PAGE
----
WASHINGTON — President Biden and Speaker Kevin McCarthy emerged from a critical meeting at the White House on Tuesday with no consensus on how to end their impasse over the federal debt and spending just weeks before the nation is set to default on its obligations for the first time in history.
With the American and perhaps the global economy hanging in the balance, the meeting was the first such session between the Democratic president and Republican speaker since February. But the two sides stuck close to their opening positions, with Mr. Biden demanding that Congress raise the debt ceiling unconditionally to avoid a default and Mr. McCarthy insisting that such a move be accompanied by serious spending restraints.
“We need to take the threat of default off the table,” Mr. Biden stressed after the meeting in a news conference. He described the discussion as productive and said that he and congressional leaders would meet again Friday.
“Everyone in the meeting understood the risk of default,” he said.
But his chief rival in the discussion was unsatisfied with the meeting. “I didn’t see any new movement,” Speaker Kevin McCarthy told reporters. He said he asked Mr. Biden “numerous times” if there were places in the federal budget they could find “savings” — meaning cuts. “They wouldn’t give me any,” he said. That is consistent with what the White House has publicly said: Mr. Biden would not tie any cuts to raising the debt limit.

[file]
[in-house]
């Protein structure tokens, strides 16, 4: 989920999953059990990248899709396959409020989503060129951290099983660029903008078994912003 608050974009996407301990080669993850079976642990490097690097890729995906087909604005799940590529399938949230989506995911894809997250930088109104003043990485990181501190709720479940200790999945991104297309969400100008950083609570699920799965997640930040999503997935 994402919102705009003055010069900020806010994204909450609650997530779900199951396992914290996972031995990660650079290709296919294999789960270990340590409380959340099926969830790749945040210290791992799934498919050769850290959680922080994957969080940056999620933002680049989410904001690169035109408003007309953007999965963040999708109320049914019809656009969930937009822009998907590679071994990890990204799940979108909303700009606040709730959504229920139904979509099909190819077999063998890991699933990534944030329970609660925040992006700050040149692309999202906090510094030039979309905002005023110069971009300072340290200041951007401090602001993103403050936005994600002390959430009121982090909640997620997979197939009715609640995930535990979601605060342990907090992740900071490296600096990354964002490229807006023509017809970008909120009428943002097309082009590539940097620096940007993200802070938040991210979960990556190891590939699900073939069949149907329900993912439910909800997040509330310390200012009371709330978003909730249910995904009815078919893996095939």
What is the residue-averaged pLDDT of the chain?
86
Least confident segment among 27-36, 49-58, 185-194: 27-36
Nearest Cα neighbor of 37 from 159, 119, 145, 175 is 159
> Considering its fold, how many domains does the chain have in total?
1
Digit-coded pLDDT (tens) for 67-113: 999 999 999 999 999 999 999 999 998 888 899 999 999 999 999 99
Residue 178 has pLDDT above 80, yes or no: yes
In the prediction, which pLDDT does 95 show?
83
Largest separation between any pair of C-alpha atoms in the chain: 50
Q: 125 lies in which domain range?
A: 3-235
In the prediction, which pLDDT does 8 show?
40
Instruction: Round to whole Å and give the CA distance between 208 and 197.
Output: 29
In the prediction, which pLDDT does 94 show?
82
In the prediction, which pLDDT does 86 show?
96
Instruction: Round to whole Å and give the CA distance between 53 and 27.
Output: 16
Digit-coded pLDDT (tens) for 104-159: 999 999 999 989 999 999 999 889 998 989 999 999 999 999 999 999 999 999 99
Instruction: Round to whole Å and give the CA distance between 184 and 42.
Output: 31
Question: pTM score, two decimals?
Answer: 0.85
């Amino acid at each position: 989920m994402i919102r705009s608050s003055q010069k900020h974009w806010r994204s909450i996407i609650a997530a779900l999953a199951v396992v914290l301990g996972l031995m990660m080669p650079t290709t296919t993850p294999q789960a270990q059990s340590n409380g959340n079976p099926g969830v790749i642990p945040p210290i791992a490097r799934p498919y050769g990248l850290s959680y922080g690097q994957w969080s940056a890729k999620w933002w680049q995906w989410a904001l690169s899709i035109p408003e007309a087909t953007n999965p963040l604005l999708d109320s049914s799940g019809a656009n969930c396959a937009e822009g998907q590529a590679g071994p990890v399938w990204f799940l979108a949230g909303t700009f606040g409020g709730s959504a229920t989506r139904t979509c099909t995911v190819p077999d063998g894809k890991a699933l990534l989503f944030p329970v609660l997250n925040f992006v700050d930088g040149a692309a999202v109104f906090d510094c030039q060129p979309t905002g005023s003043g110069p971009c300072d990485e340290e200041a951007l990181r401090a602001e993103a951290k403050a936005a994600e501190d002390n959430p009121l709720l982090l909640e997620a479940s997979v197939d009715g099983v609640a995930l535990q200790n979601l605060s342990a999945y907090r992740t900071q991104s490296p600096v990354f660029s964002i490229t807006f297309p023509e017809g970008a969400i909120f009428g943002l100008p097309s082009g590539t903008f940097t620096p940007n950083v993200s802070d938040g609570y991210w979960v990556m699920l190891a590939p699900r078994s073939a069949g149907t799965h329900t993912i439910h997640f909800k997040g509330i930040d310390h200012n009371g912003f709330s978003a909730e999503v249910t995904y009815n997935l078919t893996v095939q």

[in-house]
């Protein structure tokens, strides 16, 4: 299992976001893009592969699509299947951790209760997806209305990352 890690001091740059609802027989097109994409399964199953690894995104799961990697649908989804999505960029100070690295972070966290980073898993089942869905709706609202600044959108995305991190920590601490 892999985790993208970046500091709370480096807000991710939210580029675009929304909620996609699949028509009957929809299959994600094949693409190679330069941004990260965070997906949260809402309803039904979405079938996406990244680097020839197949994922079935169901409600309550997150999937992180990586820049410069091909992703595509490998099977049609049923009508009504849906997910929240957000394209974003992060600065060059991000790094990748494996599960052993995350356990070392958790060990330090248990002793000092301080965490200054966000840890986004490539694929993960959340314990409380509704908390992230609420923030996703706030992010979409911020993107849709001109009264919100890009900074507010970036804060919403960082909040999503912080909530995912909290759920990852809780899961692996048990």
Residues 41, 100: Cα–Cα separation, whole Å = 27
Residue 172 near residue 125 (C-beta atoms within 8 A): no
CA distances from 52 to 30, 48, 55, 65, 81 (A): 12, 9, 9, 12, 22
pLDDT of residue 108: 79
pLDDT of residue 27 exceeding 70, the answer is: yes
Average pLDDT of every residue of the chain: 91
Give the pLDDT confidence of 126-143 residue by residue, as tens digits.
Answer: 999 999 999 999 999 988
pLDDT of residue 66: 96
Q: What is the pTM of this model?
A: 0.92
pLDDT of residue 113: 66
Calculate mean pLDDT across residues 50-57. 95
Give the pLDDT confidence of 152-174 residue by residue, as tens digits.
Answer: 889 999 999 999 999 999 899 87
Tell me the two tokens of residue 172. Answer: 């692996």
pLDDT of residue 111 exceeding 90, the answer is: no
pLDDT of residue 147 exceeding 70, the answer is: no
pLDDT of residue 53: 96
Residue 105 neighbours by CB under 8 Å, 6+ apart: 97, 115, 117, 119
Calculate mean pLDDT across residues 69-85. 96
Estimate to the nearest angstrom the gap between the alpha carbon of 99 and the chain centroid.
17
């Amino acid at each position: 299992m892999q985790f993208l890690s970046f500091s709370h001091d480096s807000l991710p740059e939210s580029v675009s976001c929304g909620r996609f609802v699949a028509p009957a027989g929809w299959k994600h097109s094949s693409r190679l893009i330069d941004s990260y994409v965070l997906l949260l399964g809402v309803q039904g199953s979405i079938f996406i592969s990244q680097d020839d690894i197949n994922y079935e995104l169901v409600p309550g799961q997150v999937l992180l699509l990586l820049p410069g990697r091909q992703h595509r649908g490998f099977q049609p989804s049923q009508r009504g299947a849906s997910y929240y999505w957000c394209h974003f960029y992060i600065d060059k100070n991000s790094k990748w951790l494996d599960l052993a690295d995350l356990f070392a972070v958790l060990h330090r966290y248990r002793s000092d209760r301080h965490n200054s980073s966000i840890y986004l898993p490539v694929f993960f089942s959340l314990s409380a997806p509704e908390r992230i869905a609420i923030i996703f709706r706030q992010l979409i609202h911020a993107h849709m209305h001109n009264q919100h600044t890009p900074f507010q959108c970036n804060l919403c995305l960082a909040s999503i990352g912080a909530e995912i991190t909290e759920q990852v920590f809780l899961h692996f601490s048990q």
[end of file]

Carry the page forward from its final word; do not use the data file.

Senator Mitch McConnell, the minority leader, insisted that the United States would not default. “What we have here, is we’re running out of time,” Mr. McConnell said. Mr. McCarthy has suggested that a deal should be hammered out in the next two weeks to leave enough time for legislation to be passed.
For the Democrats, Senator Chuck Schumer, the majority leader, said that in the meeting, Mr. McCarthy refused to promise that the United States government would not default.
“There are probably some places we can agree, some places we can compromise,” Mr. Schumer said about federal spending. But that has to occur separately, not as part of debt ceiling negotiations, he said, maintaining the White House line.
Here’s what else to know:
The leaders will meet again on Friday. In recent years, such standoffs have not been resolved until hours or days before a deadline — or the deadline is extended.
Mr. Biden suggested he might miss the Group of 7 leaders meeting in Japan next week in order to resolve the debt limit. “It is possible,” he told reporters.